Great that lets encrypt gets funding, long may it continue!
But this might be the first time that a company has sponsored a CT log without operating that log itself.
>> CT logs are already chained
Trillian is a centralized Merkle tree: it doesn't support native replication (AFAIU?) and there is a still a password that can delete or recreate the chain (though we can track for any such inappropriate or errant modifications (due to e.g. solar flares) by manually replicating and verifying every entry in the chain, or trusting that everything before whatever we consider to be a known hash (that could be colliding) is unmodified (since the last time we never verified those entries)).
According to the trillian README, trillian depends upon MySQL/MariaDB and thus internal/private replication is as good as the SQL replication model (which doesn't have a distributed consensus algorithm like e.g. paxos).
A Merkle tree alone is not a blockchain; though it provides more assurance of data integrity than a regular tree, verifying that the whole chain of hashes actually is good and distributed replication without configuring e.g. SSL certs are primary features of blockchains.
PKI is necessarily centralized: certs depend upon CA certs which can depend upon CA certs. If any CA is compromised (e.g. by theft or brute force (which is inestimably infeasible given current ASIC resources' preference for legit income)) that CA can sign any CRL. A CT log and a CT log verifier can help us discover that a redundant and so possibly unauthorized cert has been issued for a given domain listed in an x.509 cert CN/SAN.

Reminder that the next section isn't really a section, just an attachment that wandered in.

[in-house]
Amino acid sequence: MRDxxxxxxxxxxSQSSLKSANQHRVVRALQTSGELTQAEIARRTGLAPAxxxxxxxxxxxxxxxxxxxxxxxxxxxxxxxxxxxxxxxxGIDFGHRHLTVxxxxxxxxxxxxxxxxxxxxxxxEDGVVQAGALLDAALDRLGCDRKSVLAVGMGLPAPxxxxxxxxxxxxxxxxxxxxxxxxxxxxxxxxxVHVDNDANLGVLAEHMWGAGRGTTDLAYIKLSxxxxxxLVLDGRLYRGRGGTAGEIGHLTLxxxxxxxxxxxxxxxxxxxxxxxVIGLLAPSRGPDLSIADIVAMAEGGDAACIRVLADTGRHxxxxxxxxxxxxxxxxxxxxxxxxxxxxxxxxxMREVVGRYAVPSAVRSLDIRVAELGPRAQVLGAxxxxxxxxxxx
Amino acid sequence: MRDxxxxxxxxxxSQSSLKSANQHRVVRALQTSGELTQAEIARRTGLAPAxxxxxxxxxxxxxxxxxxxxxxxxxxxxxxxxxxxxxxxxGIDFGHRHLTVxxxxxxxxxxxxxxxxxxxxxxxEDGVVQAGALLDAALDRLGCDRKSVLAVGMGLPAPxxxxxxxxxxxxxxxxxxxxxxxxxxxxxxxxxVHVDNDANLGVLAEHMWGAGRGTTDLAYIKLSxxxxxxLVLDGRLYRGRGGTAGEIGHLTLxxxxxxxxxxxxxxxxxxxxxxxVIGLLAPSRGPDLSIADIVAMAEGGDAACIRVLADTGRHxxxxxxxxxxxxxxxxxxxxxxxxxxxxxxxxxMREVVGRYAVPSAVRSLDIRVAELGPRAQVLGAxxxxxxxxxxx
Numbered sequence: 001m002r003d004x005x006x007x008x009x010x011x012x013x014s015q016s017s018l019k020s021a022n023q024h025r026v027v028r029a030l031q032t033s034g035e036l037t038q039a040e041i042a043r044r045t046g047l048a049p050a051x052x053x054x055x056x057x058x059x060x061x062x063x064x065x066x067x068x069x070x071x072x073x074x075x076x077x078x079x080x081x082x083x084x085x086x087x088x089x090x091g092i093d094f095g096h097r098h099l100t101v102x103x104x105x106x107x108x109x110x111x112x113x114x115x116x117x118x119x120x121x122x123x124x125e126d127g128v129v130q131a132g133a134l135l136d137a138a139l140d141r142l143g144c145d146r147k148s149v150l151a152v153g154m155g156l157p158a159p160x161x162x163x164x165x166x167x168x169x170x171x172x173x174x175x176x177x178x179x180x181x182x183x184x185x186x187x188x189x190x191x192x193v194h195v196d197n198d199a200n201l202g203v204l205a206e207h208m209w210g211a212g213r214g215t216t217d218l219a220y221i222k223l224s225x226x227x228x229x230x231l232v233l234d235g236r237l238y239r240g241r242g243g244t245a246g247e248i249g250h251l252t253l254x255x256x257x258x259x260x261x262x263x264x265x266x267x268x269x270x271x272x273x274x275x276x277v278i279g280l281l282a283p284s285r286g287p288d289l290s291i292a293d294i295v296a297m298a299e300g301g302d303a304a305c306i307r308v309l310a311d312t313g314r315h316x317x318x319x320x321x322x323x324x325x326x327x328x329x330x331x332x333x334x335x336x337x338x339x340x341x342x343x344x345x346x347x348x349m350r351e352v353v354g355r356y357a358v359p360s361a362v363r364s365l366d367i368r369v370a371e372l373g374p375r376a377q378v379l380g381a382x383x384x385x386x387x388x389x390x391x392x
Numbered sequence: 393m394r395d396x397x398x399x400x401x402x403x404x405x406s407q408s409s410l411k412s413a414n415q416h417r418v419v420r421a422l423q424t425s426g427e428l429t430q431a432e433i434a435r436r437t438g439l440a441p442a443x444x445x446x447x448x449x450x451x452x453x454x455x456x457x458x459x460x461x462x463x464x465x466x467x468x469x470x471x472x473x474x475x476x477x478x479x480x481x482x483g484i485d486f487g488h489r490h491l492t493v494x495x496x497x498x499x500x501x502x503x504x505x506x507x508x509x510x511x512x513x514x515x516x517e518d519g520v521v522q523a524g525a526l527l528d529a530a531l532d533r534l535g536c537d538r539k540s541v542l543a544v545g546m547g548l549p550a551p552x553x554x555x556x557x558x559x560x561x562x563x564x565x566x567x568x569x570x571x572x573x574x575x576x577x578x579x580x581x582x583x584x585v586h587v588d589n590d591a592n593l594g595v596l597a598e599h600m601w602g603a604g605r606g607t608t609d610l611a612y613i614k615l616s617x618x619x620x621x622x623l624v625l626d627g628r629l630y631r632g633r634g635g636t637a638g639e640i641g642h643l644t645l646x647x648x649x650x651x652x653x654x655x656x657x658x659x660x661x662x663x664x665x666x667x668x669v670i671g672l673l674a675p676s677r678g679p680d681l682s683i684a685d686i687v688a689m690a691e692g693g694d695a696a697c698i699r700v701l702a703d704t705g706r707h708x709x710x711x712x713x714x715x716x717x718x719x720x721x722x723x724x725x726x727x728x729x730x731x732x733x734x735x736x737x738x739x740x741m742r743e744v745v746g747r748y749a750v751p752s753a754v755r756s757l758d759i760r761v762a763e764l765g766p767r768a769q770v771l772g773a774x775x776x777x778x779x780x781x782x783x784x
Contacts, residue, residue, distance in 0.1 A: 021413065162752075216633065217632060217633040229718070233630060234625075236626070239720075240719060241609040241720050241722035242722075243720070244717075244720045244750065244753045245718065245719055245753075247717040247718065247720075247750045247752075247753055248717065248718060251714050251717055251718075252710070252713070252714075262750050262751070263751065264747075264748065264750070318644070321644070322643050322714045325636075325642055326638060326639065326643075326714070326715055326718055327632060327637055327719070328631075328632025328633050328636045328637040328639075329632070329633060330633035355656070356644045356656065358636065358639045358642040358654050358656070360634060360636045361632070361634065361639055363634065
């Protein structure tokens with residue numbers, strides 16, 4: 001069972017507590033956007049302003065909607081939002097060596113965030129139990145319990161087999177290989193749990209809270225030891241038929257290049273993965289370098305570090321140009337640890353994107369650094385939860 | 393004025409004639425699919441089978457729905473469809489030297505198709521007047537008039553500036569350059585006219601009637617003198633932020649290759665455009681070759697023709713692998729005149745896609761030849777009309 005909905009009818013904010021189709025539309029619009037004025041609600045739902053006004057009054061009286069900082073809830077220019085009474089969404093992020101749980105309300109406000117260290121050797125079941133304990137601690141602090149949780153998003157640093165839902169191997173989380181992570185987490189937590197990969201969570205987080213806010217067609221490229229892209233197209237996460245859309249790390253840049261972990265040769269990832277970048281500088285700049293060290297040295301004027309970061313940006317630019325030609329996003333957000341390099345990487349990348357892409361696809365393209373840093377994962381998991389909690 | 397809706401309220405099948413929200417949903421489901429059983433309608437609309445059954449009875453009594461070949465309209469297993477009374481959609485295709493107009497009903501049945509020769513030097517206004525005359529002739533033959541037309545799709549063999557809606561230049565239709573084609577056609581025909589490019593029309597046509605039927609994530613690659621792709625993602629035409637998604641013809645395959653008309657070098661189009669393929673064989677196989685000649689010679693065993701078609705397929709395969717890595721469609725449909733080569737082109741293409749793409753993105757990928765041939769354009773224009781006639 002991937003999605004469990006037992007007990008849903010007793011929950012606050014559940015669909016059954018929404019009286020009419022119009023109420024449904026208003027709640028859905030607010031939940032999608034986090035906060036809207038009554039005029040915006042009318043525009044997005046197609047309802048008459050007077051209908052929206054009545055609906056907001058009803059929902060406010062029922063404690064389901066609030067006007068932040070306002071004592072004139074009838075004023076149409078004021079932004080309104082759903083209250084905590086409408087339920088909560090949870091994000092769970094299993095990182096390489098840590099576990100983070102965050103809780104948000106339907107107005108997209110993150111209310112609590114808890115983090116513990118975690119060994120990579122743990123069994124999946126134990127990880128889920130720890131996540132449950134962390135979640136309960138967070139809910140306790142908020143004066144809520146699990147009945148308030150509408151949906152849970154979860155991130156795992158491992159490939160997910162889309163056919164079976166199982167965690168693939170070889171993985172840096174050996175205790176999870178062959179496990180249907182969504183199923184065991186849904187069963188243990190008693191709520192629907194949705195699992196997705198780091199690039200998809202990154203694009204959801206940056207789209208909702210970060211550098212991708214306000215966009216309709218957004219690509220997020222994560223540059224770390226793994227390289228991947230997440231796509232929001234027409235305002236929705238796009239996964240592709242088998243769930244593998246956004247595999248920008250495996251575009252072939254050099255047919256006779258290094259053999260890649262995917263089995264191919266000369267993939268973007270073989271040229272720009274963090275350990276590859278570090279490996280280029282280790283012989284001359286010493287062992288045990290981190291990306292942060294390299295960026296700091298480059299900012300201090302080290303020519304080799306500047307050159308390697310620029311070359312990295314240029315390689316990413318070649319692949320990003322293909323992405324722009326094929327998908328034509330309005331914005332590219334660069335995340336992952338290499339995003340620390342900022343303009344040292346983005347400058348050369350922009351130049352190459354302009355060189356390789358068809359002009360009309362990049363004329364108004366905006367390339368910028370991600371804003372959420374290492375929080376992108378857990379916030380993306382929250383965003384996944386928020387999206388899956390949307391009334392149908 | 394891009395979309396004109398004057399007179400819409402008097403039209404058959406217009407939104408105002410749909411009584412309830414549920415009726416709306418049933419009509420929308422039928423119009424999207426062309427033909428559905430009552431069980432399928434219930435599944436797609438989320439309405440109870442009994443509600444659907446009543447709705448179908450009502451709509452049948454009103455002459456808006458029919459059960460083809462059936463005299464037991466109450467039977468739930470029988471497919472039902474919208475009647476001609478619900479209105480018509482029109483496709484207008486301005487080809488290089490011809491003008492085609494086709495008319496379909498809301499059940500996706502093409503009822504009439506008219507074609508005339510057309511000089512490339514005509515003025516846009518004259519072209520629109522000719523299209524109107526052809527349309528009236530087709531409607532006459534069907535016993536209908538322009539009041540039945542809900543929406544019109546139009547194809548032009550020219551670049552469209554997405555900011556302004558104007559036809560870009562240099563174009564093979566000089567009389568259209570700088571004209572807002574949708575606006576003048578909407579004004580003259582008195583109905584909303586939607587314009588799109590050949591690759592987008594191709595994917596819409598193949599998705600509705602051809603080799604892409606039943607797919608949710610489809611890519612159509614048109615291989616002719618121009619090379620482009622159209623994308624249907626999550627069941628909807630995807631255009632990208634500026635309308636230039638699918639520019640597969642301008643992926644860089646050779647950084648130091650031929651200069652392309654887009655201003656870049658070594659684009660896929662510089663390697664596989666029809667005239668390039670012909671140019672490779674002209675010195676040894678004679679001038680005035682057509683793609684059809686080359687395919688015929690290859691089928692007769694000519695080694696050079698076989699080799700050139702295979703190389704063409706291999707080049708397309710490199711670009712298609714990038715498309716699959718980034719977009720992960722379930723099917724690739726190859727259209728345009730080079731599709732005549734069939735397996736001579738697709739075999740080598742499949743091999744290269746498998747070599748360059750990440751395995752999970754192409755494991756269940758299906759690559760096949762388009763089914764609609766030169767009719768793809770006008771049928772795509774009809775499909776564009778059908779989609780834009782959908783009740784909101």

The CT log itself - trillian, for Google and now LetsEncrypt, too - though, runs on MySQL; which has one root password.
The system of multiple independent, redundant CT logs is built upon databases that depend upon presumably manually configured replication keys.
Does my browser call a remote log verifier API over (hopefully pinned with a better fingerprint than MD5) HTTPS?
Now, from a security point of view, it only takes breaking into one issuer to issue bad certificates. But maybe classifying everything as either centralized or decentralized is too simple?
We could describe replication models as centralized or decentralized. Master/master SQL replication is still not decentralized (regardless of whether there are multiple A records or multiple static IPs configured in the client).
With PKI, we choose the convenience of trusting a CA bundle over having to manually check every cert fingerprint.
Whether a particular chain is centralized or decentralized is often bandied about. When there are a few mining pools that effectively choose which changes are accepted, that's not decentralized either.
That there are multiple redundant independent CT logs is a good thing.
How do I, as a concerned user, securely download (and securely mirror?) one or all of the CT logs and verify that none of the record hashes don't depend upon the previous hash? If the browser relies upon a centralized API for checking hash fingerprints, how is that decentralized?
Most people aren't going to do it, but I think that's not really the point, any more than every user needs to review Linux kernel patches. But I wonder if there are enough "eyes" on this and how would we check?
That said, that's just because both use Merkle trees. CT isn't a blockchain.